Sir Kenneth Mathieson “Kenny” Dalglish MBE was born on 4 March 1951. He is a former Scottish football player and manager, who has played for Scotland’s national team.
Kenny Dalglish’s Liverpool love relationship first started in August 1966 when a 15-year-old Glaswegian went south of the border for a trial at Anfield in front of the legendary Bill Shankly.
Even though the young forward’s first journey to Merseyside came to nothing, after 11 years and 167 Celtic goals, he was finally recruited by the Reds to replace a club legend - departing Kevin Keegan.
Kenny slipped into Paisley’s all-conquering red machine, and the new king of the Kop completed his first season. The player topped the Liverpool’s goalscoring charts and netting the winner in a European Cup final.
But that proved to be just the beginning of an incredible playing career that would make him an Anfield icon.
With the ball at his feet, he was a pure genius backed up by footage of just about every of his 172 Liverpool goals. Everyone has their particular favorite, but the one common in all the above was the grand Kenny celebration.
As Kenny neared the end of his playing days, it appeared impossible for the Scot to improve his standing among Kopites. But that he went on to do, just two spells as the manager says all you need to know about the man they still call King Kenny.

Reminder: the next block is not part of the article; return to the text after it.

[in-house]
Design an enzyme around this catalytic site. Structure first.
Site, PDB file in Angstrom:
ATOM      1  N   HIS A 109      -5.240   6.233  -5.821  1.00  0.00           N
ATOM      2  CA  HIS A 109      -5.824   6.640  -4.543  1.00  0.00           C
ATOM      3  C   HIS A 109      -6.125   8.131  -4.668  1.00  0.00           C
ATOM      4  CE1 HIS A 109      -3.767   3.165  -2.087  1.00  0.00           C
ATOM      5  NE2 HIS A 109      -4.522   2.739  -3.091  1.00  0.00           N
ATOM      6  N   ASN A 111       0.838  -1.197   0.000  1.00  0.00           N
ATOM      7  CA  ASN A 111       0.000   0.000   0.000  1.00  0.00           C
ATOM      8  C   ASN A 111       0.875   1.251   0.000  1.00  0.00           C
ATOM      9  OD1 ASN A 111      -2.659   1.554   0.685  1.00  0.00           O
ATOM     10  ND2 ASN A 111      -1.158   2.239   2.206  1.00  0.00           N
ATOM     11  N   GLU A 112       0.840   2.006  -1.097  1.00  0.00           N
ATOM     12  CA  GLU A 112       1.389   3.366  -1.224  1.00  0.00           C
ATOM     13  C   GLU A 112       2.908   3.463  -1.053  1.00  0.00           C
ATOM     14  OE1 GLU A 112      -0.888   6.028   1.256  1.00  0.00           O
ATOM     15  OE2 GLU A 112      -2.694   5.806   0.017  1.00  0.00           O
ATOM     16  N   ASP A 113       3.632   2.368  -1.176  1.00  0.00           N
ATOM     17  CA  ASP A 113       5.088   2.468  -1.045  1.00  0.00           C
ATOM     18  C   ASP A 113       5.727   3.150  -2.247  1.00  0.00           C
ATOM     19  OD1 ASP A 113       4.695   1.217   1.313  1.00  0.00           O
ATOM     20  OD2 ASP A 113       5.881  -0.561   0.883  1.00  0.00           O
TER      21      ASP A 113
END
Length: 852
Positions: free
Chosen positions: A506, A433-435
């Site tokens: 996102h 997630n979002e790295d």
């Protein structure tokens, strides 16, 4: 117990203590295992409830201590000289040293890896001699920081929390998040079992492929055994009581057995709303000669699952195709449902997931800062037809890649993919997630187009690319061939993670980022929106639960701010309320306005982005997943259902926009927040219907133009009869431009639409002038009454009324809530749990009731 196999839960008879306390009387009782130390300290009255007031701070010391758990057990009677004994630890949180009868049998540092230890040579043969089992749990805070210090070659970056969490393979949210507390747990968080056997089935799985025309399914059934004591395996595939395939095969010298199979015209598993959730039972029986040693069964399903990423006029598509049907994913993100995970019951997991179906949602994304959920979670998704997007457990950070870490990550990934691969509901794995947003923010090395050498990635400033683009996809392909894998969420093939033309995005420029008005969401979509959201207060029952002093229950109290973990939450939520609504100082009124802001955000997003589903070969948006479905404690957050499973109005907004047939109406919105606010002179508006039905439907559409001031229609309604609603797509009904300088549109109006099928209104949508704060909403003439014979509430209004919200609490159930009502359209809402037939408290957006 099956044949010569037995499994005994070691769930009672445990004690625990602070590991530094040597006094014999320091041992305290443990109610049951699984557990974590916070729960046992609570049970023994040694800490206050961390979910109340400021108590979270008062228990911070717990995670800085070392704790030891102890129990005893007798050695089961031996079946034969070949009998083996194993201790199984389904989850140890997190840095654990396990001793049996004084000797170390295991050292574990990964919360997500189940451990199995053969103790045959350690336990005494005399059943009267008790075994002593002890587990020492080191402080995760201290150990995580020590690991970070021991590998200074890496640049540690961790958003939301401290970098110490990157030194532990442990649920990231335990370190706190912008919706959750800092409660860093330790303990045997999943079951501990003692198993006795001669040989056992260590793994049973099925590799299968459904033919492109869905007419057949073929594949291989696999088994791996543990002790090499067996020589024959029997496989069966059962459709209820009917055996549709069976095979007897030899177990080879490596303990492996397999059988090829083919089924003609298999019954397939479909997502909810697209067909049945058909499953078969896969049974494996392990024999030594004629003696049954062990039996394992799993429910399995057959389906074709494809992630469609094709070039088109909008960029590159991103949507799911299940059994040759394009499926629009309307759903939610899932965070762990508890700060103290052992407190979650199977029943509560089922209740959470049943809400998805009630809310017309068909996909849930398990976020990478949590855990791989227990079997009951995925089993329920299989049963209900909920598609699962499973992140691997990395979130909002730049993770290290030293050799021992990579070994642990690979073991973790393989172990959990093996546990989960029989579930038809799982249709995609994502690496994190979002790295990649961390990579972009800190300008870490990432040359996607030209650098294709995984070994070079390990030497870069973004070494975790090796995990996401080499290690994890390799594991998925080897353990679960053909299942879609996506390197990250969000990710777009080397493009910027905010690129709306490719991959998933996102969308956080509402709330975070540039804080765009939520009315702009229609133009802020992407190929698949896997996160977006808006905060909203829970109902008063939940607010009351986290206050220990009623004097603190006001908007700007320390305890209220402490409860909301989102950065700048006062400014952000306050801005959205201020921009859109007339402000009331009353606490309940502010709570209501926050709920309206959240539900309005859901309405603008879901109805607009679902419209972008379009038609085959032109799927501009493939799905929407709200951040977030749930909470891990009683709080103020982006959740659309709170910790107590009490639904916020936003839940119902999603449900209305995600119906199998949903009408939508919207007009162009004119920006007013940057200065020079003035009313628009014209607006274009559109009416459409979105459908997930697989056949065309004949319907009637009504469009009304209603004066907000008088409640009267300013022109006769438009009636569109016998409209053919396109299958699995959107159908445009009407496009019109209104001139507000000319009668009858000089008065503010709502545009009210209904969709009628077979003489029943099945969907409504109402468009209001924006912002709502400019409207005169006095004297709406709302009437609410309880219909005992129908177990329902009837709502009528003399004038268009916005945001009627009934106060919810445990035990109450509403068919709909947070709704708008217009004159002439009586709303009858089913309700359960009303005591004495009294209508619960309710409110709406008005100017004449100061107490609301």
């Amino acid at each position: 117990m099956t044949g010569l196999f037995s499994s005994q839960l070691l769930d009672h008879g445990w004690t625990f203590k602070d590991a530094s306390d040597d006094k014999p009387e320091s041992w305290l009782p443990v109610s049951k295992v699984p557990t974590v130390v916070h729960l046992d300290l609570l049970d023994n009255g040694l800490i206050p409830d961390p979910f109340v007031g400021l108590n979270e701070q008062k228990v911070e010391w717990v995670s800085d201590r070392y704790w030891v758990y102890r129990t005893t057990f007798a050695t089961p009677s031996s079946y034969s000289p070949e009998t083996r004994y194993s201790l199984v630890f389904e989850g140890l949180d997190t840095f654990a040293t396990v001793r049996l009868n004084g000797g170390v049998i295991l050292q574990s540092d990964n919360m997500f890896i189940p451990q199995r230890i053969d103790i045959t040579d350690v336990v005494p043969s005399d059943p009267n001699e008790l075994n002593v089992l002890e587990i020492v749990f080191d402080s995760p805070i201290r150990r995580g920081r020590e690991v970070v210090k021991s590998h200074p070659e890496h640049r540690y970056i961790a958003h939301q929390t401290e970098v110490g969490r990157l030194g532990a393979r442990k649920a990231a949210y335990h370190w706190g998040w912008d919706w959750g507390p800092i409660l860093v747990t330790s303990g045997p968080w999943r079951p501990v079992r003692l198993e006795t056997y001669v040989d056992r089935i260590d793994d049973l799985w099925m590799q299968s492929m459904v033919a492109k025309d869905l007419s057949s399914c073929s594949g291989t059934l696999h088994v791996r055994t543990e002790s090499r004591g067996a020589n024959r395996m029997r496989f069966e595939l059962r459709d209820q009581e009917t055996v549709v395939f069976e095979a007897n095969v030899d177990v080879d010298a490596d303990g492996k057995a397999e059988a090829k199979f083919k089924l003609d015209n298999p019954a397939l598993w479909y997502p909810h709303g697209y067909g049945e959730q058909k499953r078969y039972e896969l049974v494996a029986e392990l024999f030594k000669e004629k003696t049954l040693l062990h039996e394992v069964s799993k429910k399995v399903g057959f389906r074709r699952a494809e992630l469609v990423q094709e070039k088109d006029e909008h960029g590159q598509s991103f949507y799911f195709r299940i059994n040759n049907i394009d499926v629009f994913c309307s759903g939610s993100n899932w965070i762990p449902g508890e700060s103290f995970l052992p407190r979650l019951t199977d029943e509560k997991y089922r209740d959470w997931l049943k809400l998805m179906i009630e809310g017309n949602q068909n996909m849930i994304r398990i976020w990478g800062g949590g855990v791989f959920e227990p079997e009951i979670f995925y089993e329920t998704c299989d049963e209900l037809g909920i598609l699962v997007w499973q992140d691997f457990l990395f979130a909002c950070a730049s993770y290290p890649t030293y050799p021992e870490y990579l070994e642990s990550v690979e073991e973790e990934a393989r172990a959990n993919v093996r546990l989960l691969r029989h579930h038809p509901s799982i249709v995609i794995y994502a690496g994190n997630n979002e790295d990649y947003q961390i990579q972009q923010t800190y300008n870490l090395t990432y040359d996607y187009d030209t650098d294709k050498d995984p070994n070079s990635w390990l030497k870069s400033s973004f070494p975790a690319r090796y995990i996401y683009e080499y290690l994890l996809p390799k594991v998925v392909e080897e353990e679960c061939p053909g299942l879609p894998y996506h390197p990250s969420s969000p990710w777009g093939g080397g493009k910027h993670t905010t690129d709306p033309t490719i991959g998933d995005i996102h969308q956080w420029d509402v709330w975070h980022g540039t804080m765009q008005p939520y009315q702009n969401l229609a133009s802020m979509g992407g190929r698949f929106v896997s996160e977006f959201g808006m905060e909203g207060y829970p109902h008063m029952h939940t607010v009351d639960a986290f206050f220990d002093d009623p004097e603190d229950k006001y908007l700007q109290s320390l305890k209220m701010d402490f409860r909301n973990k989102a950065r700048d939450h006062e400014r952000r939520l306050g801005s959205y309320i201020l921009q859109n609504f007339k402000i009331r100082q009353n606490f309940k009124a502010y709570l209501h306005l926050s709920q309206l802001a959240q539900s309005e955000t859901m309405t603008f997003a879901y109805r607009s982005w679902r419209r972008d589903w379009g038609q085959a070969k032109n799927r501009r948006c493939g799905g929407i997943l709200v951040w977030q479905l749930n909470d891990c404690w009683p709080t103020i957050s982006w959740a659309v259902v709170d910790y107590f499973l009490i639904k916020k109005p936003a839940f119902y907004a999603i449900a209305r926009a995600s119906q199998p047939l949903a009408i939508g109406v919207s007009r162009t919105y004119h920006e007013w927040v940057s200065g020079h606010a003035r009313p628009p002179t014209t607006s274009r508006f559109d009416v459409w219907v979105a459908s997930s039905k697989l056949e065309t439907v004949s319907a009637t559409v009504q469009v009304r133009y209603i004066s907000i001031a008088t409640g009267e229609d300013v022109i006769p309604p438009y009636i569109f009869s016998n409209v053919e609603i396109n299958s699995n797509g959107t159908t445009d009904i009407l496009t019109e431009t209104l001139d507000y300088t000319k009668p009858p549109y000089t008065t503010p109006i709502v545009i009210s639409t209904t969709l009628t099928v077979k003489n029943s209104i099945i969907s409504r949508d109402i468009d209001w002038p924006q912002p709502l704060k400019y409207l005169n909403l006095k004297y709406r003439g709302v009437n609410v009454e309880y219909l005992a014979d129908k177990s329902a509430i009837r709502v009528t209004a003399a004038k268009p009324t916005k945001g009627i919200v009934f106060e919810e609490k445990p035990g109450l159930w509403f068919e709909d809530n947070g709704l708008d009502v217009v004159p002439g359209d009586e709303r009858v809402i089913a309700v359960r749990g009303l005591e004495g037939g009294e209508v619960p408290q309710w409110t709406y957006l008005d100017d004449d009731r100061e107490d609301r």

His impact on the playing field had been nothing of sensational. However, in the aftermath of the Heysel Stadium tragedy, the club hoped he could reproduce his genius in the dugout.
It was a big ask for someone who was just 34 years old, but then Dalglish was not an average man.
That said, Scot’s first campaign got off to an inauspicious beginning, and, after a 2-0 defeat to Everton at Anfield in late February, the Reds have left eight points behind the league-leading Toffees with as many games.
But a team hewn in Kenny’s image did not give up easily. It embarked on a remarkable unbeaten run to complete the season as FA Cup winners and league champions, with victories coming at the expense of their neighbors.
Dalglish built on that success by assembling one of the most entertaining teams ever to grace Anfield, with another FA Cup and two further league titles subsequently added to his honors list before he stepped down in 1991. A second spell between 2011 and 2012 also granted the League Cup winner’s medal that had previously eluded him as a boss.
Regardless of his achievements as a football player, it is arguably Kenny’s dignified conduct in the aftermath of the Hillsborough Disaster that represents his most significant legacy and makes him widely considered as a legend of the city of Liverpool.